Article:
Ronald Radosh: The Odd Cold-War Center at NYURoundup: Talking About History
[Ronald Radosh, Adjunct Fellow at the Hudson Institute, has written widely on Communism and anti-Communism. He is co-author of Red Star Over Hollywood: The Film Colony's Long Romance with the Left and The Rosenberg File.]
Many universities have set up centers to examine the history of the Cold War. The Wilson Center for Scholars in Washington D. C., for example, created an offshoot called The Cold War International History Project. That institute has over the years hosted many conferences, with panels of scholars representing all points of view. Two years ago, I was an active participant in a two days session at the CWIHP about Soviet espionage, that was based on the new book Spies: The Rise and Fall of the KGB in America.
The sponsors were fully aware of contending views on the issue of the role of Soviet espionage in America during the Cold War and carried out the meeting with great fairness. Compare that with the Tamiment Center at New York University, which cares little for fairness, academic rigor or diversity of views. Its inaugural event four years ago,"Alger Hiss and History," left no mystery about its agenda. As I wrote in the New Republic, the conference
was intended to resurrect Old Left myths about the innocence of those accused during the so-called Red Scare in the 1950's, and in particular, to re-open the case to prove Alger Hiss' innocence. The only reason Hiss was indicted, their announcement made clear, was to"discredit the New Deal, legitimate the Red Scare, and set the stage of Joseph McCarthy." Mark Kramer, who heads a similar Cold War center at Harvard, commented that the meeting" consists of diehard supporters of Hiss whose attempts to explain away all the new available evidence are thoroughly unconvincing."
Indeed, future meetings they announced in their first year included a panel on the history of the American Communist Party, in which all the panelists were, without exception, current Communist Party members or fellow travelers. Another panel was another biased session on the Abraham Lincoln Battalion in the Spanish Civil War, a panel that was composed of three pro-Communists all whom had the same position on the Soviet role in Spain....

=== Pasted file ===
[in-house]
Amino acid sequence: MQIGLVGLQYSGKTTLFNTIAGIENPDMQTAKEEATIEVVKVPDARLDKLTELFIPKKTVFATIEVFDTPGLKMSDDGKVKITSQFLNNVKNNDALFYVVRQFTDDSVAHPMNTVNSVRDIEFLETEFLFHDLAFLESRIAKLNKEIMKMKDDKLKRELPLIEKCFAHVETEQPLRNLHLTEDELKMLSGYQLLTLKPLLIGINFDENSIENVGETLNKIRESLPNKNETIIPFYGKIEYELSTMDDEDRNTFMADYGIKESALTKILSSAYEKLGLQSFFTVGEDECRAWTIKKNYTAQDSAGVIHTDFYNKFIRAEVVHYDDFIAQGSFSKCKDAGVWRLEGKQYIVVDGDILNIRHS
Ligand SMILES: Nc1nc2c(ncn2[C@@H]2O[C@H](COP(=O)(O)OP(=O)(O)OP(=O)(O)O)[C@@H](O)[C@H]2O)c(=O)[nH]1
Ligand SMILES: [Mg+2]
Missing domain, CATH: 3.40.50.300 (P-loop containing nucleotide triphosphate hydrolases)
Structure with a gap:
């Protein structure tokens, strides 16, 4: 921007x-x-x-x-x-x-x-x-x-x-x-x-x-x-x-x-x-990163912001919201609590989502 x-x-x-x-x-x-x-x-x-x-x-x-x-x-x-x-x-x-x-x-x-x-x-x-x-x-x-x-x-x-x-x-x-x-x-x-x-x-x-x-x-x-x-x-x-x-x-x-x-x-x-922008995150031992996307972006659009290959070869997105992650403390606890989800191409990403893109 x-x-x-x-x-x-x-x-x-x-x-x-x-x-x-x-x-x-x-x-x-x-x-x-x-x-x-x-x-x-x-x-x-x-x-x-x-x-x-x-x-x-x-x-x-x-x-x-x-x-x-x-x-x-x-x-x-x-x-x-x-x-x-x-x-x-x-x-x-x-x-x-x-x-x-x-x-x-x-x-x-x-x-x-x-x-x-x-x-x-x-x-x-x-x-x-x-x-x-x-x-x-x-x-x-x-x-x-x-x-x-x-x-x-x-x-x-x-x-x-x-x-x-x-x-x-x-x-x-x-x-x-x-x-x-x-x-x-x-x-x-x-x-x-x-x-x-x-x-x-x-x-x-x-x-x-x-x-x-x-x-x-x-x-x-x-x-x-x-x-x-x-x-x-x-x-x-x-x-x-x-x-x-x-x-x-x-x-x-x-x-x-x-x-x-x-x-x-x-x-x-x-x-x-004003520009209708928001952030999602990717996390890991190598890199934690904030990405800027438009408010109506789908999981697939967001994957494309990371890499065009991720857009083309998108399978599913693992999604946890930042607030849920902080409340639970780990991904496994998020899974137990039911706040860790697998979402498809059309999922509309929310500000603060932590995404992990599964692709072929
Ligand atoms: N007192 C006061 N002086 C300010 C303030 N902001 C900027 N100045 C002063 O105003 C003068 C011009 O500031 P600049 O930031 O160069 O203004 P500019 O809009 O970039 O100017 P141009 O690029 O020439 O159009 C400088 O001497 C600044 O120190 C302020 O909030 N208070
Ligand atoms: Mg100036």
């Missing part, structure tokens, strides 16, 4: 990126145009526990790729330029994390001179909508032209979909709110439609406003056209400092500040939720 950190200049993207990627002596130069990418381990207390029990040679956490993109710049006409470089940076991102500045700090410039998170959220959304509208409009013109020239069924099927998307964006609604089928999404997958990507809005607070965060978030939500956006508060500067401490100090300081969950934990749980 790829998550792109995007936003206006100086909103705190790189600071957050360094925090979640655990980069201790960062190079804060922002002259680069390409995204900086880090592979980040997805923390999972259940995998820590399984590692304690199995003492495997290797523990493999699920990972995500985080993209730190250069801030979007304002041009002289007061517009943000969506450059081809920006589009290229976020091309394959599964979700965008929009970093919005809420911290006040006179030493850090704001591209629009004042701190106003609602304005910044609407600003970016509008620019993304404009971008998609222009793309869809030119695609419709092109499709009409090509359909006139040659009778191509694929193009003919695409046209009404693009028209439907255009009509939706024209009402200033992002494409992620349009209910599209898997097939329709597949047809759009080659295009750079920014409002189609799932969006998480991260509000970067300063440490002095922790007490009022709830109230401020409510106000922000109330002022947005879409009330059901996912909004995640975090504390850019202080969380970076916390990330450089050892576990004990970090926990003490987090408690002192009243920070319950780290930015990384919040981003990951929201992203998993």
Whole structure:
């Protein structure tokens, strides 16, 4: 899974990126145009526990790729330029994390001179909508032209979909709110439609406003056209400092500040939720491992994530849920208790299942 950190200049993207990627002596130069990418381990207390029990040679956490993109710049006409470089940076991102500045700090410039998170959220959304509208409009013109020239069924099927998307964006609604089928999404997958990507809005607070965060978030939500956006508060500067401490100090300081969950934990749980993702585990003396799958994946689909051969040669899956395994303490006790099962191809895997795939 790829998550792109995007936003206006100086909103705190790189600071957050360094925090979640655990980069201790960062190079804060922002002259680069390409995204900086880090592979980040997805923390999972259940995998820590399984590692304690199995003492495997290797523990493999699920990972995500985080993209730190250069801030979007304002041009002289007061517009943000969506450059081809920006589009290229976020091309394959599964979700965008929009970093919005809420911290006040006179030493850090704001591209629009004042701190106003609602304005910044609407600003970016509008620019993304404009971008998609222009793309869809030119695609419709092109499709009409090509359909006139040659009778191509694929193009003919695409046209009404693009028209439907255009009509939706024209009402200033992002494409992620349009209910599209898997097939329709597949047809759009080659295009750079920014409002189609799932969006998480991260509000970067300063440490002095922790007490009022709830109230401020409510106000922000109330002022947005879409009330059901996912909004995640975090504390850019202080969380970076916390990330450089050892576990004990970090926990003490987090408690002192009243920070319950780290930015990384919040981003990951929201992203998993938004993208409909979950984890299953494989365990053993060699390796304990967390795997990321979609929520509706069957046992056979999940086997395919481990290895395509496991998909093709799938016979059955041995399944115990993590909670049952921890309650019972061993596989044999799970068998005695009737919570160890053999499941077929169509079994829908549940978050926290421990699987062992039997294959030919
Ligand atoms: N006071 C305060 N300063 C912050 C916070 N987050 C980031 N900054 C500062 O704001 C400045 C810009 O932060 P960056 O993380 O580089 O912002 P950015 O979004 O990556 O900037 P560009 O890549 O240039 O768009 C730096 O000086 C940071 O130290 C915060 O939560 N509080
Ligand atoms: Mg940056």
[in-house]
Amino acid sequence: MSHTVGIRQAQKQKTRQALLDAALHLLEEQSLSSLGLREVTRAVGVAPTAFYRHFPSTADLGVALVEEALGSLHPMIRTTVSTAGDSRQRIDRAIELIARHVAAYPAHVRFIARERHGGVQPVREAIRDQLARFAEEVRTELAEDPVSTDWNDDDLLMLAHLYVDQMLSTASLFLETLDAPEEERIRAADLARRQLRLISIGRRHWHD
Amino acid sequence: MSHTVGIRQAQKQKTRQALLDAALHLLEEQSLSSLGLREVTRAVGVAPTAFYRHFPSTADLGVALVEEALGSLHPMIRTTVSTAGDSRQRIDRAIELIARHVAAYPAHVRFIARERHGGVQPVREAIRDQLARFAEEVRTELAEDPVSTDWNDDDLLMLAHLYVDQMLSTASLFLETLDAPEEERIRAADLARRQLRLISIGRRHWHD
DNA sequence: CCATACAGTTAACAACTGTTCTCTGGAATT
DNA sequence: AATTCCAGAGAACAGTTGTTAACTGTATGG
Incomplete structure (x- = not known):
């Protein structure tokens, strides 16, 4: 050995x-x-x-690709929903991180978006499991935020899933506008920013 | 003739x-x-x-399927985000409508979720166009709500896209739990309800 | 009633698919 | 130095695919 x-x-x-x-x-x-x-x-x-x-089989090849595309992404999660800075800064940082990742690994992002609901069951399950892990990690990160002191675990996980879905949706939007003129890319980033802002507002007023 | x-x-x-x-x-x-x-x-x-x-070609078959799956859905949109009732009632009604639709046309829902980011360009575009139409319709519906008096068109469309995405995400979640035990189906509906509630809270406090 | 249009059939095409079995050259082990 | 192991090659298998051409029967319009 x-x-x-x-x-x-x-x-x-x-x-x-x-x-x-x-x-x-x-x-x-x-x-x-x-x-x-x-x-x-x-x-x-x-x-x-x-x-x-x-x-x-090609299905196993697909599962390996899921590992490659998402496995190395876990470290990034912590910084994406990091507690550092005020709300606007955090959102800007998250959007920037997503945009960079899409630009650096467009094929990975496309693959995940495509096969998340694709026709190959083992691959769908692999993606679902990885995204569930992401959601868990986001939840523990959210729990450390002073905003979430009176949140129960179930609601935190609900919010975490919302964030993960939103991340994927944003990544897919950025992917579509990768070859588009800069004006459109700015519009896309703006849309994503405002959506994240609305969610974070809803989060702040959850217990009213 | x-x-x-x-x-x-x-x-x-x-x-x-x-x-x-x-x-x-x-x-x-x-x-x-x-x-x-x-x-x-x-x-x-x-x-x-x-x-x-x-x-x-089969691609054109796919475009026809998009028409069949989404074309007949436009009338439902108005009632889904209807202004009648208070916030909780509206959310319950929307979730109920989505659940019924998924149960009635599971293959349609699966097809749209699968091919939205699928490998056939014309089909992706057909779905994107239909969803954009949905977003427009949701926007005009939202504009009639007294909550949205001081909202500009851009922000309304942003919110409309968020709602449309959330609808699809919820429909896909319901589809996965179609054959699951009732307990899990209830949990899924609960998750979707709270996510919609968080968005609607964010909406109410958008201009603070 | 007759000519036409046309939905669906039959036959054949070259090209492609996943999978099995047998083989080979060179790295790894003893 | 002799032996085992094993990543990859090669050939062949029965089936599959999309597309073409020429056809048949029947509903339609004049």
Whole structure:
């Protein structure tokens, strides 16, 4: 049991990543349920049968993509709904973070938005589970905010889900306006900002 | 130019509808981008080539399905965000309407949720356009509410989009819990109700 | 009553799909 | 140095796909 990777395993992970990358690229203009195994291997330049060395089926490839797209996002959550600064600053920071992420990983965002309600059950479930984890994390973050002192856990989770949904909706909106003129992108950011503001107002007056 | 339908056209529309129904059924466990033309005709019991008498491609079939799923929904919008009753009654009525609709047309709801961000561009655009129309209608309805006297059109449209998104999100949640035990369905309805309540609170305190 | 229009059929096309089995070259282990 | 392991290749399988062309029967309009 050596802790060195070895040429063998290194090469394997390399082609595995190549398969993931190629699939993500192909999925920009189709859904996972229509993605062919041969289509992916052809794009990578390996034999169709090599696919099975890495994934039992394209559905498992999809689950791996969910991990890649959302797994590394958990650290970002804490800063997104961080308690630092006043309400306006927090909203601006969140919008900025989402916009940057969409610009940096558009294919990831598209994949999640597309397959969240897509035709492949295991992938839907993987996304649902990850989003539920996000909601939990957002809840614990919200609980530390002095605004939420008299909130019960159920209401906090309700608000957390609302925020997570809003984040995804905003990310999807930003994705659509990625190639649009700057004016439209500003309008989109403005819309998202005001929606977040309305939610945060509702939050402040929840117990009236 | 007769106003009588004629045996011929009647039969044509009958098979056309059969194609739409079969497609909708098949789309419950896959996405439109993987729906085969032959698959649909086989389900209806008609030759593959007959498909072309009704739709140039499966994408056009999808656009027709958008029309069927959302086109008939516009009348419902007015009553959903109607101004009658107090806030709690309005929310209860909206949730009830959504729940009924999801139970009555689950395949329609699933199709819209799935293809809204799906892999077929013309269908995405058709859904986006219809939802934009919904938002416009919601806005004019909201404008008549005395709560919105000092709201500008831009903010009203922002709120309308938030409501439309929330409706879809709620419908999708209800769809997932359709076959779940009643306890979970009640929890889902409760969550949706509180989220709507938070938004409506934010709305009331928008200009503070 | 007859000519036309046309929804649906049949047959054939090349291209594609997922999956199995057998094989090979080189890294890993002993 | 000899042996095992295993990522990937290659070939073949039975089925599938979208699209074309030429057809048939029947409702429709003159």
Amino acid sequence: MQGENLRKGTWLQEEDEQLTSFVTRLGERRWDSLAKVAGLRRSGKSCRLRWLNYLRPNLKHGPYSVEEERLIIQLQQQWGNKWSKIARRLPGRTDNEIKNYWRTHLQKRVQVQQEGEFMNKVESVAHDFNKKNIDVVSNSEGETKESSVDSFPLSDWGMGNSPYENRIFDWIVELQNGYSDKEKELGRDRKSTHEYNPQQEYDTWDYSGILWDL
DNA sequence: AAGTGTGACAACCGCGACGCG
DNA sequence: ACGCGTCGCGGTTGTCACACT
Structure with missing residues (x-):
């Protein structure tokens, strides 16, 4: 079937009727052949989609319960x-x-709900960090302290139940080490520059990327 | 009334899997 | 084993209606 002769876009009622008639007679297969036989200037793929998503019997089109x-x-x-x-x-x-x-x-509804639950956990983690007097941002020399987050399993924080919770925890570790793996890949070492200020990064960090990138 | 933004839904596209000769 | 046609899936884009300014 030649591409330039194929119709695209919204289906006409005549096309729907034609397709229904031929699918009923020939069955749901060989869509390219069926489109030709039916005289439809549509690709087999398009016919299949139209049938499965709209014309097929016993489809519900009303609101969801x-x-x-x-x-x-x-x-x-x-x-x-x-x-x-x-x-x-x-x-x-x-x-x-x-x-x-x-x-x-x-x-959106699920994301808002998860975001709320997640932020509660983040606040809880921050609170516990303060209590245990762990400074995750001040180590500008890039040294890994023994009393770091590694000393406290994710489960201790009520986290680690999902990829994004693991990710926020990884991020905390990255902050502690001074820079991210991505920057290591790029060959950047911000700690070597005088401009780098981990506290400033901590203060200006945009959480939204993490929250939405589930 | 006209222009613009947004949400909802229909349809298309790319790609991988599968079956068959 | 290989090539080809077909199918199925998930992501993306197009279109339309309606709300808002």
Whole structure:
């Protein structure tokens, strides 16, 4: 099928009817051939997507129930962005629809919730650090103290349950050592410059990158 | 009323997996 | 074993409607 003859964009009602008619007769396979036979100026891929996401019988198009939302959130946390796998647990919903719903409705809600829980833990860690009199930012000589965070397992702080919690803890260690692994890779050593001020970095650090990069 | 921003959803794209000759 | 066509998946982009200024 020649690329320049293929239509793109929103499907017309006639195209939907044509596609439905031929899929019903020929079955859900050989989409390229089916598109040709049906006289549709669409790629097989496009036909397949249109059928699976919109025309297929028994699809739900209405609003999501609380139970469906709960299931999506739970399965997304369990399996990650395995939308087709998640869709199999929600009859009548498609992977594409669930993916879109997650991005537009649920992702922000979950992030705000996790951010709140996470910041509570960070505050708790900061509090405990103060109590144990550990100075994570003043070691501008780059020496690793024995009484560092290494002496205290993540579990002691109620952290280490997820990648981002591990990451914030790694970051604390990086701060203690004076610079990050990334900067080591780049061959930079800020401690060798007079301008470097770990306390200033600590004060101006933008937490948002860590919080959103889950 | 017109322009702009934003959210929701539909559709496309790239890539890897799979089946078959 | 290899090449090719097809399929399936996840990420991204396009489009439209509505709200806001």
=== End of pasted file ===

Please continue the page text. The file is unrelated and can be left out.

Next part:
comments powered by Disqus
Tim Matthewson - 1/28/2011
The hysteria of the 1950s over Soviet spies was a reaction to the long period of Republicans being out of power during the New Deal. The new center at NYU looks like it might finally be able to set the record straight. Let's hope so because the writing on this subject by Radosh and his sort has been horrible!
Arnold Shcherban - 1/25/2011
Neither ardent anti-communists' nor ardent pro-communists' historiography
of the Cold War and MUTUAL espionage is fair and true.
In the case of Rosenbergs, e.g., Julius was definitely a spy, which was admitted by Russians themselves, but as it is clear from the declassified Soviet documents pertaining to the case and the book of Julius' KGB handler (who wrote it living in UK in post-Soviet era) neither Julius nor Ethel handed to Russians any atomic secrets (the charge they have been sentenced to death on.)
Moreover, Ethel Rosenberg's espionage activity has not been proven even closely to reasonable point, not mentioning beyond it.
Even disregarding legal violations and abnormalities in Rosenbergs case, their execution carried in peaceful, not war time was certainly excessive and brutal punishment based more on ideological struggle than on solid evidence.
Such treatment (and other cases against American Left whose only guilt was their proven or alleged membership in the US Communist party) of Rosenberg couple put American justice on one foot with comparable
"justice" of totalitarian regimes.
- This Man Spent 25 Years Documenting Every Day of Hitler's Life
- Anti-Gay, Pro-Creationism Birther Won’t Be Deciding What Textbooks Your Kids Read
- What About Us, Nagasaki Asks, as Obama’s Hiroshima Trip Nears
- Korean Survivors of Atomic Bombs Renew Fight for Recognition, and Apology
- African American museum’s fundraising touches deep history among donors